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When I went down to see my daughter this morning, a drop-dead gorgeous blonde on the lovely side of 50, we spoke about saxophones, sand dunes, and tiny teddies.

We spoke about how life has changed. How things just ain't what they used to be. 

Yes, they were strange things to talk about but, bear with me, it will all make sense in the end.

My daughter was a child of the 70's. Born in those halcyon days of freedom and delight in pretty much everything. Life was wonderful. Free. Full of optimism and fear was a word, not a way of life.

Yet we gravitated to more serious things and eventually talked about where she is and where she was. We talked about how times have changed 

My daughter sent me a film clip of her son playing in the dunes with his young relative. The boys were laughing and heading down the sand banks on boogie boards and my mind was taking back over 30 years to when my girls went down to the beach after a storm,.

There had been a cyclone watch, and . while we never received said cyclone, we did receive the heavy seas.

The dunes were washed away and large strings of vegetation hung down like ropes to be descended and descended they were.

At that time, my daughters had been working on a video to submit to a popular television show - something that had to do with music and being responsible young Australians who wanted to save endangered species.

Mu girls came up with an idea. The concept that Tiny Teddy biscuits should be a protected species.Their stage?  The beach that they loved so much.

 

 

Their friend played the saxophone. She brought it to the beach.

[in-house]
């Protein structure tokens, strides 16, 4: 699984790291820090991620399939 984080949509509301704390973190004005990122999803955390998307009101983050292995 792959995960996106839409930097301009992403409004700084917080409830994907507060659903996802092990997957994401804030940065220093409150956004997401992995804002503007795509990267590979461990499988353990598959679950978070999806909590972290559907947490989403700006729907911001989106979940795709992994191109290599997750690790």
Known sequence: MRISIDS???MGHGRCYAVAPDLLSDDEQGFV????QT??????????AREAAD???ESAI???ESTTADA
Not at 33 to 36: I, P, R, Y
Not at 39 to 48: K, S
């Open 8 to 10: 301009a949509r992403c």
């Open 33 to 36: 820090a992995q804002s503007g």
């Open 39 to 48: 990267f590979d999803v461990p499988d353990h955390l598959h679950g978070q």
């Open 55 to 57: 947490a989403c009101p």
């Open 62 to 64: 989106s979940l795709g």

The girls, my daughters, and two other young ladies used the vines to descend the dunes and declare the beach a " Tiny Teddy Protected Zone. " 

Sadly, my 3 dogs, a poodle, a Staffordshire bull terrier and a Doberman all agreed that there was only one thing to do. Eat the Tiny Teddies.

Which they did. Most vigorously.

My youngest daughter, caught on film, " Oh the humanity! " 

The saxophonist, hidden in the dunes, started playing something rather dreary - it may have been the beginning of things to come...

 The girls grew up. They went on to become mothers and grandmothers and still managed to keep their youth alive.

The delight in a day when a storm had passed and wonder was to be found in the sand dunes that the storm had left behind.

Tattered ruins of what was. Yet, somehow, things went well.

The long ago days of childhood are still there. The sheer pleasure of laughter when meeting old friends from years ago and the tragedy of today is forgotten in a memory clip of yesterday.

The days of delight in simplicity and the joy of just being able to ride down the elevator of a vine on a beach and soar to the heights of being a potential TV superstar.

It's a funny thing really.

My daughter said to me that the thing she loves most about her childhood was the sense of normalcy. The safety. The freedom.

I said to her : " Do you feel that your son has normalcy, safety and freedom? "

She replied " Oh Mum, No. He is not from my generation. "

 

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